Fileless malware variants are like ghosts: Many stories surround them, but they rarely reveal themselves on demand, even to trained hunters. Fileless infections instead seem to appear, suddenly and without warning, when we least expect them. Discovery is often by accident or coincidence.
Yet the specter of fileless malware is a growing concern because confirmed sightings appear to be increasing. For instance, in February, security researchers discovered fileless malware on the networks of 140 banks across 40 countries. Although industry-wide statistics on fileless infections can be hard to come by, cursory clues, such as Google searches, indicate a growing number of online investigations since 2015.
Fileless malware is spooky, in part, because it doesn’t behave like traditional file-based malware, which contains a signature that anti-virus products can use for future detection. File-based malware is usually detectable using traditional computer forensic tools.
In contrast, fileless malware resides in its hosts’ random access memory (RAM), which means it leaves no trace of itself on hard disk drives. When an infected host is powered down, the fileless malware disappears like an apparition, leaving no forensic clues.
But fileless malware often contains additional capabilities to help it remain elusive. For instance, fileless malware often haunts hosts by using their own systems and administrative tools against them, a tactic that security researchers call “living off the land.” While this can lead to machina in exspiravit behaviors, fileless malware does not necessarily introduce anything observably unusual into the environment, making detection more difficult.
Fileless Malware Ghosts of Times Past
Just as the concept of ghosts long outlasts specific stories, which tend to morph over time and be historically and culturally situated, the concept of fileless malware is nothing new. It dates to the 1990s and the dawn of the World Wide Web, but the specifics of recent accounts have changed in key ways from historical manifestations.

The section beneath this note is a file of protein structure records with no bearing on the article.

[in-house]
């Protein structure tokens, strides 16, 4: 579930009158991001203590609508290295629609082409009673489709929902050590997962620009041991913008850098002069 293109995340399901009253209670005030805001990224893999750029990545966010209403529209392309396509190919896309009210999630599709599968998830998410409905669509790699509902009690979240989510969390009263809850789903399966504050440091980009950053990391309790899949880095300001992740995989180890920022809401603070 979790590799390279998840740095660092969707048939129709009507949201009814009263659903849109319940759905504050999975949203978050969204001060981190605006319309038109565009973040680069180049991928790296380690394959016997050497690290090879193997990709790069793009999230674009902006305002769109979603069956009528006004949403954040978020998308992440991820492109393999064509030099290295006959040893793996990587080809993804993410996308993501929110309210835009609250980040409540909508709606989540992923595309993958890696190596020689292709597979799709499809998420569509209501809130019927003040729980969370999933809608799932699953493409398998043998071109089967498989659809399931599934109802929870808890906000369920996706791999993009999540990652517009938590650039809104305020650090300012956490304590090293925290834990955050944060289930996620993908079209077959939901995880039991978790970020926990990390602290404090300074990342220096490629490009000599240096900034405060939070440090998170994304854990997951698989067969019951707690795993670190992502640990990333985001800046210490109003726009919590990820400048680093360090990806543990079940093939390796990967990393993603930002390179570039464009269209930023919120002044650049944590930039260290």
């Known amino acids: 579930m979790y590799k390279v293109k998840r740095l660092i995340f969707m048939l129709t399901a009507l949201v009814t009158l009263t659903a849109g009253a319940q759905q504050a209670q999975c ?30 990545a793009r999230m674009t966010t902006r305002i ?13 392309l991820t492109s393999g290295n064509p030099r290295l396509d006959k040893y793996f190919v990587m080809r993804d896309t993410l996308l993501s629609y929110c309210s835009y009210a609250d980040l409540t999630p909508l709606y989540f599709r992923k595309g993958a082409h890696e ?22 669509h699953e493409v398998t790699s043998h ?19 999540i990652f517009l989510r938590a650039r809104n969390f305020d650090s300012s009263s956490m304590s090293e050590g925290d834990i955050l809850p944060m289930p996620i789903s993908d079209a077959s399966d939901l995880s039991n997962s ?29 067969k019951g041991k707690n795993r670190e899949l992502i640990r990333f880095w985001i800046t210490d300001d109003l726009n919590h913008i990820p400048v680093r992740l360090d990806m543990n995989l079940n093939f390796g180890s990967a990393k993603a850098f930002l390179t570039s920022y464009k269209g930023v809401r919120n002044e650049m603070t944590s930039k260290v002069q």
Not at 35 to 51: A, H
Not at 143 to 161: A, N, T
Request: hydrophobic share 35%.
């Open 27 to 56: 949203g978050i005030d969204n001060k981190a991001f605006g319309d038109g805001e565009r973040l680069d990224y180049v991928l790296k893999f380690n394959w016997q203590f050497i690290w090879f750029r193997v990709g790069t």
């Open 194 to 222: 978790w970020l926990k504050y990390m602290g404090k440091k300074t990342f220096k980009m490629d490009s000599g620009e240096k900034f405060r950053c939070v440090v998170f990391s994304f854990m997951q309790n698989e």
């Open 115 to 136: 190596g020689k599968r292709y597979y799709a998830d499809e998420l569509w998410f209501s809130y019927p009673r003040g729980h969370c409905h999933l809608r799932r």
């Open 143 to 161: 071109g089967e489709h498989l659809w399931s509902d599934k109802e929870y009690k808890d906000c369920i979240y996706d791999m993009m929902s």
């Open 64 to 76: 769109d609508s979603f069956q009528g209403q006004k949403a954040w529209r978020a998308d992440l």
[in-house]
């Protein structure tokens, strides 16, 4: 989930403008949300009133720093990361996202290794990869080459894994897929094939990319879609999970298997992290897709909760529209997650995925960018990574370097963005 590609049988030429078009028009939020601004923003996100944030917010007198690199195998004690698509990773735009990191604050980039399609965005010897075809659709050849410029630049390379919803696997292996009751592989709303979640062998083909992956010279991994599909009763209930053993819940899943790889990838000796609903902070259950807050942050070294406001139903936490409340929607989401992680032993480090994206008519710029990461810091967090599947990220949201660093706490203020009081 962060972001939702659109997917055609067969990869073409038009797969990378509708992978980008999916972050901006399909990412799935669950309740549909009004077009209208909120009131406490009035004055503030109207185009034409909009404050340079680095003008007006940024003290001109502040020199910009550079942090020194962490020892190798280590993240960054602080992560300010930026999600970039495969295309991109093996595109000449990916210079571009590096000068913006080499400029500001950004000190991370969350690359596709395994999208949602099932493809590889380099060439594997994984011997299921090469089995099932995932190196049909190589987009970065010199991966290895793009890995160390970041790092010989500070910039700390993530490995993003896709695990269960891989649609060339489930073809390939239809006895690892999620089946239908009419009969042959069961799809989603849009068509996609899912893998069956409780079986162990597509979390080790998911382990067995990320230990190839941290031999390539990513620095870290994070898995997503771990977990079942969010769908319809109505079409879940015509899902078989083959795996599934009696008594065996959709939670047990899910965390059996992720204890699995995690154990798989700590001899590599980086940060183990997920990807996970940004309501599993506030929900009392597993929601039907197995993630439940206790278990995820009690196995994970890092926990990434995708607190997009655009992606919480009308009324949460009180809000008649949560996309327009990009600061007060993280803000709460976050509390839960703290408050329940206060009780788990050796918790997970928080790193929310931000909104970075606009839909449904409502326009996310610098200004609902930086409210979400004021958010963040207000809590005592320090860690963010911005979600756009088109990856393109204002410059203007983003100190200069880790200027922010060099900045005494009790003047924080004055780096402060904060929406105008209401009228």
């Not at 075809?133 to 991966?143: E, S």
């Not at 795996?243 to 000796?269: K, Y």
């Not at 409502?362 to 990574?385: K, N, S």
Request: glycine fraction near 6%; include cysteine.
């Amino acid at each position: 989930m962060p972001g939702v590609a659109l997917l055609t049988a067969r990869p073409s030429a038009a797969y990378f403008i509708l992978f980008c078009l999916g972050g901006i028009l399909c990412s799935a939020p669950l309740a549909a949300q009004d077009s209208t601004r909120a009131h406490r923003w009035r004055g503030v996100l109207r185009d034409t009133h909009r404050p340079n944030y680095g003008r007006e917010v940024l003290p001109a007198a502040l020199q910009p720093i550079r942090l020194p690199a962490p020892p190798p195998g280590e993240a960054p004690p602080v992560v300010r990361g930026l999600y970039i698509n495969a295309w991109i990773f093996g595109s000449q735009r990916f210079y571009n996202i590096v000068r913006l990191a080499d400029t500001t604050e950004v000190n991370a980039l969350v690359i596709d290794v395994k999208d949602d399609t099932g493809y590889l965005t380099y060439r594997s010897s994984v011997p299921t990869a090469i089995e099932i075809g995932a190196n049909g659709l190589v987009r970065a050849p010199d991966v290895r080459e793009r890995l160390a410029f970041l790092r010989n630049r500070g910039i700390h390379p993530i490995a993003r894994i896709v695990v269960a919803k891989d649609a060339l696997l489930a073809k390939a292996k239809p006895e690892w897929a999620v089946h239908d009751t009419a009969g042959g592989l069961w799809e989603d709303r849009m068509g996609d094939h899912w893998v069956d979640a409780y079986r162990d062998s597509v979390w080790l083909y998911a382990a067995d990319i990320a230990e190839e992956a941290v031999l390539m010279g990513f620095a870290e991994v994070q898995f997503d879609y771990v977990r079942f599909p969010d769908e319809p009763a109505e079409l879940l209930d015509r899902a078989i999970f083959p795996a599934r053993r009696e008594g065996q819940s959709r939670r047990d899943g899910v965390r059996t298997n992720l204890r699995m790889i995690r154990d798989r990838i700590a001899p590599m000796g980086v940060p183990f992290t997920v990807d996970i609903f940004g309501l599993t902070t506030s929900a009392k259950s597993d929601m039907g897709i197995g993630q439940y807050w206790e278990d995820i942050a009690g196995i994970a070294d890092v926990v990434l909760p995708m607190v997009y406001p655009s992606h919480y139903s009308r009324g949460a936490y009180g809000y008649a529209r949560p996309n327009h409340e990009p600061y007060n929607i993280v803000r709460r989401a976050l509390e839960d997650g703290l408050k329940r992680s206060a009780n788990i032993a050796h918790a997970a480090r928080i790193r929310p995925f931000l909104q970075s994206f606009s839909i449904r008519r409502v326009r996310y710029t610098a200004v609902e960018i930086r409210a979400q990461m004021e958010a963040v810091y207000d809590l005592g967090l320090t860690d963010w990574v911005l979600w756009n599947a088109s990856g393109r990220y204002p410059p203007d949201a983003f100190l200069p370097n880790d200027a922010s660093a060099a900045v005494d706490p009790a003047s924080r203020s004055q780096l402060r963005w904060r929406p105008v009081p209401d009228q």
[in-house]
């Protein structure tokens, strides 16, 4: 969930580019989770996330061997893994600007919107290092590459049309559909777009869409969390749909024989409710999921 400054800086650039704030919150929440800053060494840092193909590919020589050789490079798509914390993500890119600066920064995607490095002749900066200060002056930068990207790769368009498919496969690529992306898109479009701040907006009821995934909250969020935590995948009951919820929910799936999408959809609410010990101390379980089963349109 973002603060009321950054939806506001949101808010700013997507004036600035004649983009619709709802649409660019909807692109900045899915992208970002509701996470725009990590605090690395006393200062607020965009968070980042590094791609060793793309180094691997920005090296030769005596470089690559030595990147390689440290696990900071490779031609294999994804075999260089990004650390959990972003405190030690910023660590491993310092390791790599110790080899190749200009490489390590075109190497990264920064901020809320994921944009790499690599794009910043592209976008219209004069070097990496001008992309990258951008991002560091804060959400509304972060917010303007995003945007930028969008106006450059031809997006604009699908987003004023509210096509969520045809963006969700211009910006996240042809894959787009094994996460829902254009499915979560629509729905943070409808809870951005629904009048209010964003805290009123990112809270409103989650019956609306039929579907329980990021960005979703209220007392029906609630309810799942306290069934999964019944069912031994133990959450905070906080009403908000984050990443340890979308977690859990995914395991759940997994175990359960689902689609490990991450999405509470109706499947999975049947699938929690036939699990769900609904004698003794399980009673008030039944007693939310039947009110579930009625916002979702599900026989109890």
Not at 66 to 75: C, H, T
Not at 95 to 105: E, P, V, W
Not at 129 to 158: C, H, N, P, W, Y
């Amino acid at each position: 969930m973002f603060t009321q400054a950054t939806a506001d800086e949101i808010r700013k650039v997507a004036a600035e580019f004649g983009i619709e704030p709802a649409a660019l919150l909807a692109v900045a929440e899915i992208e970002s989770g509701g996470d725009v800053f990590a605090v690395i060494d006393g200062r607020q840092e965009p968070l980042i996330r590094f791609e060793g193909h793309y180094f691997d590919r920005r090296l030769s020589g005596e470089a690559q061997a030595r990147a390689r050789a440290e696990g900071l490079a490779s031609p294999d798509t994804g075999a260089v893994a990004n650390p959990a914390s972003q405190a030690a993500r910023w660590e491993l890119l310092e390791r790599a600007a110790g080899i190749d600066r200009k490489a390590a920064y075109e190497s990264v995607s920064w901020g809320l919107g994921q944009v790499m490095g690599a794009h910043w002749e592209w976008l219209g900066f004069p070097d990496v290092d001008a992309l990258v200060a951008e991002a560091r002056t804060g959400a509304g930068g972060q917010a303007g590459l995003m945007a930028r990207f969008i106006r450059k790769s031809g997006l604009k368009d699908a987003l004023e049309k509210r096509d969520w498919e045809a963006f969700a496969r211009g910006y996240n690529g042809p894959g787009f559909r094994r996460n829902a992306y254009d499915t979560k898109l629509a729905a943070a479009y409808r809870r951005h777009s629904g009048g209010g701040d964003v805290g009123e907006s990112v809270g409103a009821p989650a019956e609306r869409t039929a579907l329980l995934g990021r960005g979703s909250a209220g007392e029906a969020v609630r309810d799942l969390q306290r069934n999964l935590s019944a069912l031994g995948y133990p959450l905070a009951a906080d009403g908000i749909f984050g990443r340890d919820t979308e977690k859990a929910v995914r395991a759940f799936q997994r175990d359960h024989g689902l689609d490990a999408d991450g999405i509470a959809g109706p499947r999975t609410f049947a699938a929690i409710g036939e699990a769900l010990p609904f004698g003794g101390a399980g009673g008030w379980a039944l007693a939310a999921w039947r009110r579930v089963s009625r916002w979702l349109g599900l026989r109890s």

Fileless malware did not gain widespread attention until researchers discovered its role in one the most infamous global cyberattacks in history.
On July 12, 2001, still-unknown hackers introduced a computer worm into the wild. The first version of the worm exploited a buffer overflow vulnerability in Microsoft IIS servers and then used a static seed to self-propagate. The static seed caused the first version to spread slowly and resulted in minor damage (primarily a defacing message that read, “Hacked by Chinese”). But, on July 15, two researchers at eEye Digital Security spotted the worm’s activities in security logs and began investigating.
Seven days later, on July 19, the anonymous hackers released a second variant into the wild. This second contained a single difference from the first: the use of a random seed rather than a static seed to spread.
This second version infected 359,000 machines in 14 hours. (By comparison, the WannaCry ransomware outbreak in May infected approximately 250,000 devices in 150 countries in several hours.)
And that’s how the “memory-resident” CodeRed worm – so named because the researchers who discovered it drank Code Red Mountain Dew while reverse engineering it – made fileless malware history.
Today’s Fileless Malware Threat
Fileless malware is worth hunting today because of its growing prevalence combined with its often more sophisticated capabilities, which are far graver than silly defacements.
Many current fileless malware variants sport robust functionality for cyberespionage and advanced multi-stage attacks, including the ability to establish persistent backdoors, exfiltrate data, and connect to remote command & control servers for further instructions and additional payloads.
Given the difficulty of detecting fileless malware, BluVector is preparing a new feature to help combat fileless malware at the network edge. The use of this new technology will allow BluVector customers to find fileless malware traversing the network. We invite you to contact us in the meantime to discuss how we can protect your environment from the uncanny threat of fileless malware by putting BluVector to the test.